Ignoring Methane Pollution Won’t Make It Go Away
Donald Trump’s EPA is in denial
by ANSJE MILLER/CENTER FOR ENVIRONMENTAL HEALTH
It turns out that the old adage about ostriches burying their heads in the sand isn’t based in fact — but the adage does fit the Trump administration.
On March 2, 2017, Pres. Donald Trump’s Environmental Protection Agency announced it would no longer collect important data on pollution from the oil and natural gas industry.
If we can’t see it, it doesn’t exist — right?
In November 2016, the EPA requested information from the oil and natural gas industry intended to “help the agency determine how to best reduce methane and other harmful emissions.”
Scientists have determined that methane is a significant cause of climate change and, especially in the short-term, poses a threat to climate stability.
Methane releases from the industry are common. Center for Environmental Health is working with the community near a southern California gas facility in Aliso Canyon — the site of the largest methane release in U.S. history — where residents are suffering ongoing health problems related to the company’s polluting operations.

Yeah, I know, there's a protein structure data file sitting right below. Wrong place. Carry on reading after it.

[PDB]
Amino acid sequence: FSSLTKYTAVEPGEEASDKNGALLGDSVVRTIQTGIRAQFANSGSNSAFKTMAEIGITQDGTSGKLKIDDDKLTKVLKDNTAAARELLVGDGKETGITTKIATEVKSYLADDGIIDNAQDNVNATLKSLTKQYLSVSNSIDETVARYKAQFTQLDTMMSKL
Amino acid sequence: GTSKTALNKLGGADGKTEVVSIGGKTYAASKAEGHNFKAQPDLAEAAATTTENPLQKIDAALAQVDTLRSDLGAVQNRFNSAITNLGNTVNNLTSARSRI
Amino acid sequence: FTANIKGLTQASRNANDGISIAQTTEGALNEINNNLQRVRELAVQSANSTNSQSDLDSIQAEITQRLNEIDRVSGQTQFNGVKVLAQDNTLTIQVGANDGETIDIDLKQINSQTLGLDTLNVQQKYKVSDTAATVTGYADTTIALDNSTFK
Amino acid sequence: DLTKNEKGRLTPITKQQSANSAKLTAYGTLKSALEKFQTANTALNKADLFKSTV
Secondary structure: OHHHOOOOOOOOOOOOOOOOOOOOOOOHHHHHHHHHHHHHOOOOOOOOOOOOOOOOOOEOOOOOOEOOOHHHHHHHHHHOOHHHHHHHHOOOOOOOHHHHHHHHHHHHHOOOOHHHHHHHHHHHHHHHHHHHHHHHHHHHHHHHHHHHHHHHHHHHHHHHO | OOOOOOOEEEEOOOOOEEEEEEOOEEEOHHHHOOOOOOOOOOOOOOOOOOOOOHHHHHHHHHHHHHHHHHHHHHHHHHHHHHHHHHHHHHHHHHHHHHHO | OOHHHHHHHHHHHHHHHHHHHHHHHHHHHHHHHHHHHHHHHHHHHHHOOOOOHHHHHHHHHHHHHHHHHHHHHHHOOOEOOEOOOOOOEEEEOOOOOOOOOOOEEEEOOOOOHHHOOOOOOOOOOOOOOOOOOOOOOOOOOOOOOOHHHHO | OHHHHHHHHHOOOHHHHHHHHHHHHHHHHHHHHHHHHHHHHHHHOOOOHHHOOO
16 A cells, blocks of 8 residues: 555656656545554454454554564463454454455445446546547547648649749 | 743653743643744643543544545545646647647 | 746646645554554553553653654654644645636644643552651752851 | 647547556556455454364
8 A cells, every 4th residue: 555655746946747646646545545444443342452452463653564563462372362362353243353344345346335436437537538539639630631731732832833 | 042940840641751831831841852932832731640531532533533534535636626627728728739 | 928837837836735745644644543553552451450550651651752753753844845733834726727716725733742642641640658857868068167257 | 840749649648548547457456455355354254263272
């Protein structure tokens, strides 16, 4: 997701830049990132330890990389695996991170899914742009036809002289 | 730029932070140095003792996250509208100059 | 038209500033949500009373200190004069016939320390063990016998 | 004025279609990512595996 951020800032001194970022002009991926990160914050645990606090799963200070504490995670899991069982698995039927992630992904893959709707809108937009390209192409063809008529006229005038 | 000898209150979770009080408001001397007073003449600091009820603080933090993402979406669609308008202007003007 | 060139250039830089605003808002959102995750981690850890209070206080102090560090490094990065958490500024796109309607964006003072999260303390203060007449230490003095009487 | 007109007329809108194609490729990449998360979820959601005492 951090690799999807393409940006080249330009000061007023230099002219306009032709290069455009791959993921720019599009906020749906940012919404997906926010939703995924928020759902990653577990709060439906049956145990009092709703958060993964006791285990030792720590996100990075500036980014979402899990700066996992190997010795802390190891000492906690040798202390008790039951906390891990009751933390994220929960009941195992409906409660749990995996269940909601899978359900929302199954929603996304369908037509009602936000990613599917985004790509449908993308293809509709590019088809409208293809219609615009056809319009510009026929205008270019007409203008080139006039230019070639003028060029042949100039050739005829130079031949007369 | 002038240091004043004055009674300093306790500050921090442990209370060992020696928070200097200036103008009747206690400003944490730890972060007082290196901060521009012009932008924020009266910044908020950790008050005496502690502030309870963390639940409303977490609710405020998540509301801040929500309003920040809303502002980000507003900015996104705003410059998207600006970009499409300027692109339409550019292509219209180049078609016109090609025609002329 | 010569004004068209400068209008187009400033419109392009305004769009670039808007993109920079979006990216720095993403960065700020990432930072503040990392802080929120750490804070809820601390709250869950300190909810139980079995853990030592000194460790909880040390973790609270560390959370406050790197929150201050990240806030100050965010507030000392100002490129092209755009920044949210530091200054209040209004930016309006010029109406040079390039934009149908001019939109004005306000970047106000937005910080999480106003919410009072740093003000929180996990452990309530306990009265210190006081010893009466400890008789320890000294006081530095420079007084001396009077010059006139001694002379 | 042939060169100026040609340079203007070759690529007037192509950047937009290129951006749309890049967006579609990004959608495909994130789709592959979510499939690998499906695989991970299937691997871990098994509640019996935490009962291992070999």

This Is What America Looked Like Before the EPA
In 1971, the fledgling agency sent photographers across the country to document environmental devastation
Methane is more than 25 times more potent than carbon dioxide. It’s also highly explosive and has leaked into residential water wells, threatening to families living in those homes, especially near roads that are experiencing significant traffic from trucks carrying equipment and materials to oil and gas extraction sites. The EPA doesn’t currently limit methane in water wells.
In a thoughtful process to consider how to address this problem, Pres. Barack Obama’s EPA asked the oil and gas companies to submit data — so that agency scientists could fully understand the extent of these emissions, where they come from and how best to control them.
But the Trump EPA reversed course on this science-based policy, telling the companies, “Nah, never mind.” The agency’s webpage with the heading “Controlling Air Pollution from the Oil and Natural Gas Industry” now tells industry, “You don’t need to give us this data.” Apparently the Trump EPA’s idea of controlling pollution … is to pretend it doesn’t exist.
Alarmingly, this appears to be the just a first step in Trump’s plans to roll back science-based pollution controls that have protected all Americans from deadly chemicals in our air and water, for decades.
As any child who reads National Geographic knows, ostriches don’t actually bury their heads when they’re scared. Because even dumb ostriches know that sticking their heads in the sand won’t save them from a real danger.